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Prodigy Cultural Arts Program providing free classes to kids in danger of losing state funding

Posted at 5:34 PM, Feb 21, 2017

An arts program providing free classes for kids is in danger of losing state funding. 

Prodigy serves 3,500 kids in West Central Florida and 1,000 just in Hillsborough County. 

“I’ve seen a lot of growth in them a lot of confidence built up,” Katrina Osborne said.

She has seen her twin boys grow since they started drums and hip-hop dance this year. Lessons for two kids, twice a week, are free at Prodigy and would be hundreds of dollars anywhere else. 

“It would be very expensive and I’m grateful, we were in a position where I had lost my job and it was like, we need some assistance, we need some help,” Osborne said.

The program provides dozens of arts classes for kids in Florida and funding is in jeopardy.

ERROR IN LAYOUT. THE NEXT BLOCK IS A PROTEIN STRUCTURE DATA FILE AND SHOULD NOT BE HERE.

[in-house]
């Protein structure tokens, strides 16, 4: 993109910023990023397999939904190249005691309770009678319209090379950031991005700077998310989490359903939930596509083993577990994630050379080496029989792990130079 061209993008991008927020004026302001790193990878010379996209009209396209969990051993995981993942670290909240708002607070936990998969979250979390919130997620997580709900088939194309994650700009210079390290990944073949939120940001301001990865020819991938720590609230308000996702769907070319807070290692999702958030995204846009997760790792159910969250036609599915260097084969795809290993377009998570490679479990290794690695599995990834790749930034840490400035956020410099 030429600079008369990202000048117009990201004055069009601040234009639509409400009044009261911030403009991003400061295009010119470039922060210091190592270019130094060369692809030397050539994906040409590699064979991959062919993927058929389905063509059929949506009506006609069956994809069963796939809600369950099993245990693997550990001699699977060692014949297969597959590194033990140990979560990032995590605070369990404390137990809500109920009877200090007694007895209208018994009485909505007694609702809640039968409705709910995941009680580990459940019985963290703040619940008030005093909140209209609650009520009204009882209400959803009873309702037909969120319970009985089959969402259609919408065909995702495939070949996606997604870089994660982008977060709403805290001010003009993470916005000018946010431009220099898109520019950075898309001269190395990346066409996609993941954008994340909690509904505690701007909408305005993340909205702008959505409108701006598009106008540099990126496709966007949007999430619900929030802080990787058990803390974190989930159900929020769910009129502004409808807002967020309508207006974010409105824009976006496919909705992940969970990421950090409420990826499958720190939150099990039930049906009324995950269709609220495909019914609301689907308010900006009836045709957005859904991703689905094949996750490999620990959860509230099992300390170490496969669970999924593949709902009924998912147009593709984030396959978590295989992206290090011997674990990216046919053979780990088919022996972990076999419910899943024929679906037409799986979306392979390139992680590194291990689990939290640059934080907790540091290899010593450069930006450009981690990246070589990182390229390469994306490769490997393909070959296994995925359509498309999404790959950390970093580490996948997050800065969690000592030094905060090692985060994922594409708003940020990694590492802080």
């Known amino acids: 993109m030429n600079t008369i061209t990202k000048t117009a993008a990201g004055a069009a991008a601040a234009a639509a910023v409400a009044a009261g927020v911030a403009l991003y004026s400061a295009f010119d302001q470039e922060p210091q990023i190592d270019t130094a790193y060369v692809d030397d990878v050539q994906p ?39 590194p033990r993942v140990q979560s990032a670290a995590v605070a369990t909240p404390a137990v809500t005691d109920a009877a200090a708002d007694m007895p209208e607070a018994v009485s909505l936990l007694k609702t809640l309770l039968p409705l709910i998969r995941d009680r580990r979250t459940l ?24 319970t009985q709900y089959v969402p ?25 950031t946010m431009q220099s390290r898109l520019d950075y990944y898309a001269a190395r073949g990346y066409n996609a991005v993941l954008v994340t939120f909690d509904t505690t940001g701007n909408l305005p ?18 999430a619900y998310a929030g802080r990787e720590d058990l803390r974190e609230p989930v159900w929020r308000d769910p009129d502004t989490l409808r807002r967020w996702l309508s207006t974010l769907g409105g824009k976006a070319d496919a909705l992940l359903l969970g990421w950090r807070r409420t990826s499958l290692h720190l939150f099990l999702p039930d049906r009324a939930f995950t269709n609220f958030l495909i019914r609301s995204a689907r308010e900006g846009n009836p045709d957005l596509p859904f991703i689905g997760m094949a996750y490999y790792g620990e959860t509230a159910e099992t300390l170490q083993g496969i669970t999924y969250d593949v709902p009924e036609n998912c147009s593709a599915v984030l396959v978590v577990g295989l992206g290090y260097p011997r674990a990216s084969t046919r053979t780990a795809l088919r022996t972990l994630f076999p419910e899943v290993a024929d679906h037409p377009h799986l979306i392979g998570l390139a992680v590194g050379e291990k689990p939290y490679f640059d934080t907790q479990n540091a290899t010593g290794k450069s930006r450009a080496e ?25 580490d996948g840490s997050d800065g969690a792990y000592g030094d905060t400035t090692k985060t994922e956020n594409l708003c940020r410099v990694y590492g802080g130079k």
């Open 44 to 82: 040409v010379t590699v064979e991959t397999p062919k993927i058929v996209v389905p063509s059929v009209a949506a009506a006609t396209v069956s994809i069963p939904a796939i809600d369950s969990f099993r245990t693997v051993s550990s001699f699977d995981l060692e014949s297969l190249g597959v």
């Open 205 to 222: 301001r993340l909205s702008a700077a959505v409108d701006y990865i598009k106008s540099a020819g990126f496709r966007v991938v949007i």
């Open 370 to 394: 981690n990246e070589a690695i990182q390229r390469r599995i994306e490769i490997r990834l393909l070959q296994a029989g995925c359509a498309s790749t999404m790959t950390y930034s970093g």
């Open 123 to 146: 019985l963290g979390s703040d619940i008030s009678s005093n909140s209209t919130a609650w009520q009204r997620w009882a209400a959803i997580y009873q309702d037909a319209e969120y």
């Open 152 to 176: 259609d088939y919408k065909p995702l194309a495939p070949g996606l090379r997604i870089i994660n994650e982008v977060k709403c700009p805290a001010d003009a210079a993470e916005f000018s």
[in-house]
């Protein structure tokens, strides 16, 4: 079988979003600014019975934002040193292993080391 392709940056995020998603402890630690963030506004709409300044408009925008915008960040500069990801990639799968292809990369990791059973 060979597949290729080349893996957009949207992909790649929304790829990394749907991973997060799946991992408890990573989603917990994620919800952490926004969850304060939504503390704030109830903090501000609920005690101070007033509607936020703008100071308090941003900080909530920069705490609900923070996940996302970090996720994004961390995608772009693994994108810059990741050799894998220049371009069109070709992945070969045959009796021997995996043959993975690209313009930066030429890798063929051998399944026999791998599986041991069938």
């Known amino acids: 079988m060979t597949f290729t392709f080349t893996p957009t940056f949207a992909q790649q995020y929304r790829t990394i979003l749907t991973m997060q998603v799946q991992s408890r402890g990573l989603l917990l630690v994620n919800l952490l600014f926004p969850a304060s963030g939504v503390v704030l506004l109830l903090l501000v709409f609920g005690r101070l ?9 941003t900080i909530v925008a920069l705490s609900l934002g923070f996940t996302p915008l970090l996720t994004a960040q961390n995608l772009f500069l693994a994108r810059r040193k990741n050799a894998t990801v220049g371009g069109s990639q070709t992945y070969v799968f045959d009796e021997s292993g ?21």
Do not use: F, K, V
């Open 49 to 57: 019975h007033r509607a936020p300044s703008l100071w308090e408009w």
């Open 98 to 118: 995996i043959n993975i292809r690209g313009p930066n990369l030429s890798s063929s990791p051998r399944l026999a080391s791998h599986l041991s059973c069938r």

“We’re not included for next fiscal year in the Department of Education’s budget so that means we don’t have a home right now for next year,” Mike Trepper, Prodigy Director, said.

Prodigy’s CEO is in Tallahassee Tuesday meeting with legislators. They’re hoping to keep the same $4.6 million budget in tact, but it’s up in the air.

“That’s very worrisome because if the program goes away or is half funded that would decimate the program for thousands of kids and families,” Trepper said.

"Honestly, I don’t know what they would do, they wouldn’t, we wouldn’t have any means to put them anywhere else,” Osborne said.

It could be months before Prodigy learns their fate, all dependent on the state budget. 

If you’d like to sign up for Prodigy, visit www.transformingyounglives.org.

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